I want to share with you some learnings from the Montane Yukon Arctic Ultra 2020. Hopefully, these will help those of you planning on signing up for 2021 – both rookies and those coming back for unfinished business:
- It is very difficult to get it all right when you do a race like the MYAU for the first time. Yes, there have been athletes who managed to finish the 300 mile race on their first attempt. So, it’s not impossible. However, statistics show us that it is not likely. Seeing higher finisher rates in the 430 mile race, where participants bring with them more experience, is also proof of it. Doing a training course will help you stay out of serious trouble and definitely increases your chances to finish but you will still learn important lessons that only the race can teach you. It does not mean that I will say “no” to someone who wants to go straight to the 300 but my recommendation would always be that you try the 100 mile race first. Or do a similar distance in another extreme winter event before you come to the Yukon with the 300 or 430 mile race as your goal.
- Talking about the word “race” … the MYAU does consider itself a race but if you are new to this type of winter challenge, keep in mind that it is much more than a regular ultra-running event. It is more an expedition and requires significant outdoor experience, gear (and being able to manage that gear) and specific training. If you love to run your ultras, keep in mind that at the MYAU, with that sled behind you, there is not much running involved.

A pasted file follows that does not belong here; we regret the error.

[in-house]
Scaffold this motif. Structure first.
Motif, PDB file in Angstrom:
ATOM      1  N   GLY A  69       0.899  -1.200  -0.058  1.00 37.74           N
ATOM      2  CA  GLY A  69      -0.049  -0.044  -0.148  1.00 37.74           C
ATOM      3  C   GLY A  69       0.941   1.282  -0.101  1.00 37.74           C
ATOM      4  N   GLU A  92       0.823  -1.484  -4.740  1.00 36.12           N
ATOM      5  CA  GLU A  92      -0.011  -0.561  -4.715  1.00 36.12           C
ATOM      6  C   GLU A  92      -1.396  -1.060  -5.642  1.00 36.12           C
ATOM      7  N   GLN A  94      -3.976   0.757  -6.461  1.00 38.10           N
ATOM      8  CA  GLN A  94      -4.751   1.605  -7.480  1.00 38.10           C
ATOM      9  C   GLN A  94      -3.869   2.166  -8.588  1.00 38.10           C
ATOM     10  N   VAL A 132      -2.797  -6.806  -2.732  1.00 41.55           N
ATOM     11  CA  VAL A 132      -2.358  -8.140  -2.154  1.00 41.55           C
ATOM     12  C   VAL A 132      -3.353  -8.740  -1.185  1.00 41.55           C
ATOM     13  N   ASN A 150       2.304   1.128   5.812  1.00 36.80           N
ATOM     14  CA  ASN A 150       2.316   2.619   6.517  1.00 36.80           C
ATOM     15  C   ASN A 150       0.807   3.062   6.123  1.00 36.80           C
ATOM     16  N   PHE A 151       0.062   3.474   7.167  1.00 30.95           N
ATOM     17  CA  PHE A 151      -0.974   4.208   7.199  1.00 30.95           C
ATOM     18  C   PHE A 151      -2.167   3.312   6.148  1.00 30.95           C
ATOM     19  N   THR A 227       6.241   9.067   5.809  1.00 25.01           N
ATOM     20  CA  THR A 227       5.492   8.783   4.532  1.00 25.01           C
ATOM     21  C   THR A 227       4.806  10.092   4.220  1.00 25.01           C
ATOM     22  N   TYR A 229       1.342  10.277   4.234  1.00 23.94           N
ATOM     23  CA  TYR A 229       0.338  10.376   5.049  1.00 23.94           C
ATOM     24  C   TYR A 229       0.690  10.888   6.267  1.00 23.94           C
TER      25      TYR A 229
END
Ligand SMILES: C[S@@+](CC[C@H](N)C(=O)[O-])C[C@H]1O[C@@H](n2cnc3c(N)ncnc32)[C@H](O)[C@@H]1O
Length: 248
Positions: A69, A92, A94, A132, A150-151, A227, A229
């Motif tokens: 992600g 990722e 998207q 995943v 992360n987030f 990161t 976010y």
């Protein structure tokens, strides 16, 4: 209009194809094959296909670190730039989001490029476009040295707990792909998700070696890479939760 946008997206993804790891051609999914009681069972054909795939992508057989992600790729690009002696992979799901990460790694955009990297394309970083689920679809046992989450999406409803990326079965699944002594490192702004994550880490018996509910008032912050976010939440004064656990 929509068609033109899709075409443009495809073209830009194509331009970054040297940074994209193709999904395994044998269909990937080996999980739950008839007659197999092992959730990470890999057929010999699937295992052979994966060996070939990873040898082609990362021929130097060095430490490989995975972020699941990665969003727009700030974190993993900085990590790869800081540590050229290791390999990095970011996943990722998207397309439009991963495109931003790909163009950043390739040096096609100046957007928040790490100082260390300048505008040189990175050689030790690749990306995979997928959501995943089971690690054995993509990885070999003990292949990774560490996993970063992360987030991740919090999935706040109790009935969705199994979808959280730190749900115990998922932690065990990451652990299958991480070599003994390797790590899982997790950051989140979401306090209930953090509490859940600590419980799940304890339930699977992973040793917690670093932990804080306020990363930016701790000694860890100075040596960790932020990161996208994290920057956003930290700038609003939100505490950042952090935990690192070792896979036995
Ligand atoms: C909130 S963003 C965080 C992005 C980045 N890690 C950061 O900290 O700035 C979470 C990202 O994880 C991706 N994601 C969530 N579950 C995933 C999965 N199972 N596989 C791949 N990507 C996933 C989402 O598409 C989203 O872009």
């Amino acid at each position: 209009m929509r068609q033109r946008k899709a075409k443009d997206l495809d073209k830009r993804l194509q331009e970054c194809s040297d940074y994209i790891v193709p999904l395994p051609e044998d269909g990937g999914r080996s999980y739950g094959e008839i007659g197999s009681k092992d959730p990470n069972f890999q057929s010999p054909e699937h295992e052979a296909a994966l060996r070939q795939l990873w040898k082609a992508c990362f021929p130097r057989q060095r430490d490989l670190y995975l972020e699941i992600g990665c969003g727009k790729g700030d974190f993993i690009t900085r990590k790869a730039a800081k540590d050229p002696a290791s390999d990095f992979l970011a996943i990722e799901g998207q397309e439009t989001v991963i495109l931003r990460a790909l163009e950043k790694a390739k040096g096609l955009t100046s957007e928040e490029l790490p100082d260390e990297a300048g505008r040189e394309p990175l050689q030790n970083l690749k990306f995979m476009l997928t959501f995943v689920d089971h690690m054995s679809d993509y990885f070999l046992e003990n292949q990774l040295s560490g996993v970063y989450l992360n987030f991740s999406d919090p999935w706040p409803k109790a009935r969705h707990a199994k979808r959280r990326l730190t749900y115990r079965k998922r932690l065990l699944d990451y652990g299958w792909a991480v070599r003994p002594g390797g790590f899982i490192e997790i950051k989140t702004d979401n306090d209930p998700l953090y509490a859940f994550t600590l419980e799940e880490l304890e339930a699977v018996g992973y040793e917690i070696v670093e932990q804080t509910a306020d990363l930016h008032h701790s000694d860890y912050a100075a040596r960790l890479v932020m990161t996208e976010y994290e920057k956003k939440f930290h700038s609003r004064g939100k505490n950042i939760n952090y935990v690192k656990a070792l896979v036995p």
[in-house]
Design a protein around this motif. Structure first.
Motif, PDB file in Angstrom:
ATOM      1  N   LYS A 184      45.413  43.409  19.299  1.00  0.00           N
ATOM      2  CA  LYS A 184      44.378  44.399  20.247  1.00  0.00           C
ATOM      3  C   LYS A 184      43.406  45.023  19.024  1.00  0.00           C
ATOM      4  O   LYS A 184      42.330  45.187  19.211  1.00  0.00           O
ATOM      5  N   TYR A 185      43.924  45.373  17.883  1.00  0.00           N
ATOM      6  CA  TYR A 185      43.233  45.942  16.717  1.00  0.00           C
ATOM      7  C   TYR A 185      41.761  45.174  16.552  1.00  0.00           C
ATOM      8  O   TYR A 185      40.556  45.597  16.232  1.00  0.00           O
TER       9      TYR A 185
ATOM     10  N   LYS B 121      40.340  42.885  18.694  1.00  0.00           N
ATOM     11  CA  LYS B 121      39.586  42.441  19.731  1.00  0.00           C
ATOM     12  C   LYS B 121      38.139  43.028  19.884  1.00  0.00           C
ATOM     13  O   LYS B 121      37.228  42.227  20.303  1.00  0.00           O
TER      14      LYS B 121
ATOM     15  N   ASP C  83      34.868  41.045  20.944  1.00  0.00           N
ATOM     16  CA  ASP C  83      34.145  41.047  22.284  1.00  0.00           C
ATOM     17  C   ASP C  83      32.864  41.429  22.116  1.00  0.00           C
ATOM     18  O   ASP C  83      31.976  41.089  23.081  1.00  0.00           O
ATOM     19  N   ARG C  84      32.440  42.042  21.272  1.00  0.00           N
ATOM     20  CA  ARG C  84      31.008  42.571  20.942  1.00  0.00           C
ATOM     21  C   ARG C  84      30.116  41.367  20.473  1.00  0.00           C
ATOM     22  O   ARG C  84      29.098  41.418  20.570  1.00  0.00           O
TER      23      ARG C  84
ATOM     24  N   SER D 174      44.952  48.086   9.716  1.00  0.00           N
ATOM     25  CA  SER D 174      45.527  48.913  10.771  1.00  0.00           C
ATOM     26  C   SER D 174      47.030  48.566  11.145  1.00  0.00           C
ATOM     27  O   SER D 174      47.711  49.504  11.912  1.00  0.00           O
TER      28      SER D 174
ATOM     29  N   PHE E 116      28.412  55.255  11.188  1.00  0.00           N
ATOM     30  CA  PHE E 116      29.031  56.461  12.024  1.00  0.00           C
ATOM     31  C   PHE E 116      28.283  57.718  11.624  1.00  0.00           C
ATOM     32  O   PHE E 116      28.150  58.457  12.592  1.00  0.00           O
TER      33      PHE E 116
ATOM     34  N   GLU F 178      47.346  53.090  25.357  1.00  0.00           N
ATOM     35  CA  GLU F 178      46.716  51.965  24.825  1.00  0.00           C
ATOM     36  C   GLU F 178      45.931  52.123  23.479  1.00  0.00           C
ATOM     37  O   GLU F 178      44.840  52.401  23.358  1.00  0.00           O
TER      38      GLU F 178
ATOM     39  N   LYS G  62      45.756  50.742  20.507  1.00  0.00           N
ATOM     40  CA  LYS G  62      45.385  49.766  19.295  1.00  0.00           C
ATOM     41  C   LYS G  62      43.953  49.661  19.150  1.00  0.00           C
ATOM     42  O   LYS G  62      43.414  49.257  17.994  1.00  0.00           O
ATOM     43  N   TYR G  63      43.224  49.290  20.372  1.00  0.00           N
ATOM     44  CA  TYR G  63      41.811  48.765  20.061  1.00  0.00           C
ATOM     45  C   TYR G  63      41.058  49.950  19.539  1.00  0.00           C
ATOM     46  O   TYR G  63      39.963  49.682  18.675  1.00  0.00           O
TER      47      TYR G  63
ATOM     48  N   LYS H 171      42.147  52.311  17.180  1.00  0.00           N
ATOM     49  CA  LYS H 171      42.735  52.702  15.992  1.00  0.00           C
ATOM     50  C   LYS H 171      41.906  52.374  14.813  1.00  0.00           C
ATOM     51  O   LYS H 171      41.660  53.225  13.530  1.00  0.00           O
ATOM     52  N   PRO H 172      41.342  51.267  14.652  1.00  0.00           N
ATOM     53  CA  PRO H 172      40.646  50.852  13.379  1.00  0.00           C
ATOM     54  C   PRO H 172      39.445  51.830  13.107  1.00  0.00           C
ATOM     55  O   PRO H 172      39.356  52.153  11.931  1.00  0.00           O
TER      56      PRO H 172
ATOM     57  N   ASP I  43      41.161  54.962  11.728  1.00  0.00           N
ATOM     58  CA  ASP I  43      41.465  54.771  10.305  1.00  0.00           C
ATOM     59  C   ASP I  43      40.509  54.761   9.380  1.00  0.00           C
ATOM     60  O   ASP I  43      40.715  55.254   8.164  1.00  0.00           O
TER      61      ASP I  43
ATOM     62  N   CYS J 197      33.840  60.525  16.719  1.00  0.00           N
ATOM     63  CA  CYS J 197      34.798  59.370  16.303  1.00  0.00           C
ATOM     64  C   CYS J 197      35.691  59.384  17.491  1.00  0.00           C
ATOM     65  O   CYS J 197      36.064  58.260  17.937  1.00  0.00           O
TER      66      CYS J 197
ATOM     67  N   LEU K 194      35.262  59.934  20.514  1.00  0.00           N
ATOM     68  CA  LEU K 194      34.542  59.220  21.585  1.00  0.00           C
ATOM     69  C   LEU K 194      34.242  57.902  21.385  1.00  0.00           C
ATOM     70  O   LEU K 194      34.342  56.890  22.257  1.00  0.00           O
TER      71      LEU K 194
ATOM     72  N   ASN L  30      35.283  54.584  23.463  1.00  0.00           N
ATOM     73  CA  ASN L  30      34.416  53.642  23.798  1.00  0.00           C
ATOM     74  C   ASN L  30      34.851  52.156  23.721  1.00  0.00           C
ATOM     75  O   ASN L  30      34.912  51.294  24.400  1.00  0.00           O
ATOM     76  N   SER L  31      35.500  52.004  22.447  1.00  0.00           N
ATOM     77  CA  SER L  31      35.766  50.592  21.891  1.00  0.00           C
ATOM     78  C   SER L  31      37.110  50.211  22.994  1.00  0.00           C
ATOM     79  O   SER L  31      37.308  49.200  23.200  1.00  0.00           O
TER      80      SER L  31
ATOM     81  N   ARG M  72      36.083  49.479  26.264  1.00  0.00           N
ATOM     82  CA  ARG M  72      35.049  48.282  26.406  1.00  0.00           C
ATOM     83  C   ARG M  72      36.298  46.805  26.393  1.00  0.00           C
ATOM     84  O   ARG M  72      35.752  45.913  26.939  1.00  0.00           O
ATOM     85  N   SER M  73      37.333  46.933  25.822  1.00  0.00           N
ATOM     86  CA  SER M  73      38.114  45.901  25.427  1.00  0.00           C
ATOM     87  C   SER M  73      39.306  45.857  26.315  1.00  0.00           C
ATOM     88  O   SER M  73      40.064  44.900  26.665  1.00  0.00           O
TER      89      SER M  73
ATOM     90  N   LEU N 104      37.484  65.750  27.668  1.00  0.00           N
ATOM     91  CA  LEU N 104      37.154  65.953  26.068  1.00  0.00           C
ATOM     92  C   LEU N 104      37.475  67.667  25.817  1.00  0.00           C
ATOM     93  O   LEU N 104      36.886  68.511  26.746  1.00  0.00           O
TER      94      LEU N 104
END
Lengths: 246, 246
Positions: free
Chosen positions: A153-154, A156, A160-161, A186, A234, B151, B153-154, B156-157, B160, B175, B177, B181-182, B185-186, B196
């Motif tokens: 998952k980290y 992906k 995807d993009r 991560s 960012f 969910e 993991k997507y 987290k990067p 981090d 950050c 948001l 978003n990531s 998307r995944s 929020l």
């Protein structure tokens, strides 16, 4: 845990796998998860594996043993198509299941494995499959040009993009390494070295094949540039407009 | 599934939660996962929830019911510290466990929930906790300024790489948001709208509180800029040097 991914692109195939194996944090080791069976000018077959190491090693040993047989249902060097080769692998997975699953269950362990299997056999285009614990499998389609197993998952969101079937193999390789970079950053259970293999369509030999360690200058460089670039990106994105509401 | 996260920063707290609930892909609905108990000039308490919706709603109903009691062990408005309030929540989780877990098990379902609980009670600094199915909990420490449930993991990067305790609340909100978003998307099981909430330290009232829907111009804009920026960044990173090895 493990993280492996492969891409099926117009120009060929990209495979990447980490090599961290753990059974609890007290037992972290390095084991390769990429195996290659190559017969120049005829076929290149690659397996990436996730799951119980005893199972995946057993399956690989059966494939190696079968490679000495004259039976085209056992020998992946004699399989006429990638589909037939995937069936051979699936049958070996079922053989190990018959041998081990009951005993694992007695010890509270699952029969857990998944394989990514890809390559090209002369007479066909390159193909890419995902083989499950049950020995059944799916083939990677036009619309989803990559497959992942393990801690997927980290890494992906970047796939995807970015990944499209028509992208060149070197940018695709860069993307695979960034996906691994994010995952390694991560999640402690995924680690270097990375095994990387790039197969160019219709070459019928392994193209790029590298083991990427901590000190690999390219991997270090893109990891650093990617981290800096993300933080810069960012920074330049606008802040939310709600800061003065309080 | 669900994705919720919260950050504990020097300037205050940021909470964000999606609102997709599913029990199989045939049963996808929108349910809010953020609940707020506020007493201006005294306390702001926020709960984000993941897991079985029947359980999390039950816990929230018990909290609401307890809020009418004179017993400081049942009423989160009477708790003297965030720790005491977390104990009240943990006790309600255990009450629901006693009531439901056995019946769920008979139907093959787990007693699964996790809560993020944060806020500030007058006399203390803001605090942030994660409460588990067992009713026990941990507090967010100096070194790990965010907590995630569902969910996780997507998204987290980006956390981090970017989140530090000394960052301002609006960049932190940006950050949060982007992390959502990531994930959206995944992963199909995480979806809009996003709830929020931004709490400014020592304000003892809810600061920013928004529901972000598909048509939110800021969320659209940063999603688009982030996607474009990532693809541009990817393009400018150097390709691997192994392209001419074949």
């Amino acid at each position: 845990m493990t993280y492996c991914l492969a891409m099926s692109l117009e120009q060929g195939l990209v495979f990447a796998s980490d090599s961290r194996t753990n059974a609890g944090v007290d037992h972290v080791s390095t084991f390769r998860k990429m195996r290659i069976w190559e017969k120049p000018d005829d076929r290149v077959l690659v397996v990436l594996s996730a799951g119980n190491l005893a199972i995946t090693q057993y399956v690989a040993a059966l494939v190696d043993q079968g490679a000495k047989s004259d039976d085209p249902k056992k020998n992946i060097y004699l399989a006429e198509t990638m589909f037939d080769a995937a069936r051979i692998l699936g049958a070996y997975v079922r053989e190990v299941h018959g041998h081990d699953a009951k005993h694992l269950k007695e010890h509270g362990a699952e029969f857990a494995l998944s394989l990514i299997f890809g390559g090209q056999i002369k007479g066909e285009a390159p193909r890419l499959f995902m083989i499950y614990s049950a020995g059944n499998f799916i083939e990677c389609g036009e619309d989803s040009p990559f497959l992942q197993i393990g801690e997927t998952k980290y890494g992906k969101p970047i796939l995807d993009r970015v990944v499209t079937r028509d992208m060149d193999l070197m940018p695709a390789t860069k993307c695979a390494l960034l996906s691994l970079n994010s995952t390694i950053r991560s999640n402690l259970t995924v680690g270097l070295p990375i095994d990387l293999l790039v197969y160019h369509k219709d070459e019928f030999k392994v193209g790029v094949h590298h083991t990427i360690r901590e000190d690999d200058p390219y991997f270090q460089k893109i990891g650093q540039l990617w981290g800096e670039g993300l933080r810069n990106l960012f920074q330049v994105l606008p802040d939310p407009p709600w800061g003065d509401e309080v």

- Changing weather conditions and especially cold temperatures in combination with high humidity are adding to the level of difficulty. Especially the humidity is the reason why we see more people struggling with frostbite – even if it is not extremely cold. Layer management, resting, drinking and eating well are some of the things that can be done to deal with it.
- Mental strength and confidence are extremely important at the MYAU. Mental strength to a certain extent most athletes have. I think it’s just sometimes underestimated how much more you need in the MYAU when compared to “regular” ultras. Mental strength and confidence come with experience and training. One of the reasons why it is recommended to start with a shorter distance. Other things you can do, apart from a training course, is to give yourself more training time in the Yukon or another cold place.
- Heavy sleds can be an issue. And it is a tricky one as I totally understand why some of these sleds are so heavy. I have done the exact same thing when I started. You want to be 100% safe and there is nothing wrong with that. On the contrary. However, if your sled is too heavy your chances of making the Carmacks cut-off (4 days and 12 hours) are very low. Therefore, you really need to work out how you will be safe without accumulating too much weight. Again, experience will help with this. I would love to make a recommendation and I may attempt this in the following months. The tricky part is that everybody is different …
- From feedback I know there have been a couple of cases where athletes were unhappy with their SPOT. It’s only natural to worry once you think your SPOT is not working. However, your confidence should be at a level where you can handle it. At the briefing I always say that the SPOT is an important safety device but it runs with batteries and it can malfunction. In that case it comes down to you having the trust in yourself that you can keep out of trouble until the problem is solved. If you are uncertain about how you would react if your SPOT failed, I recommend taking along a sat phone or inReach as back-up.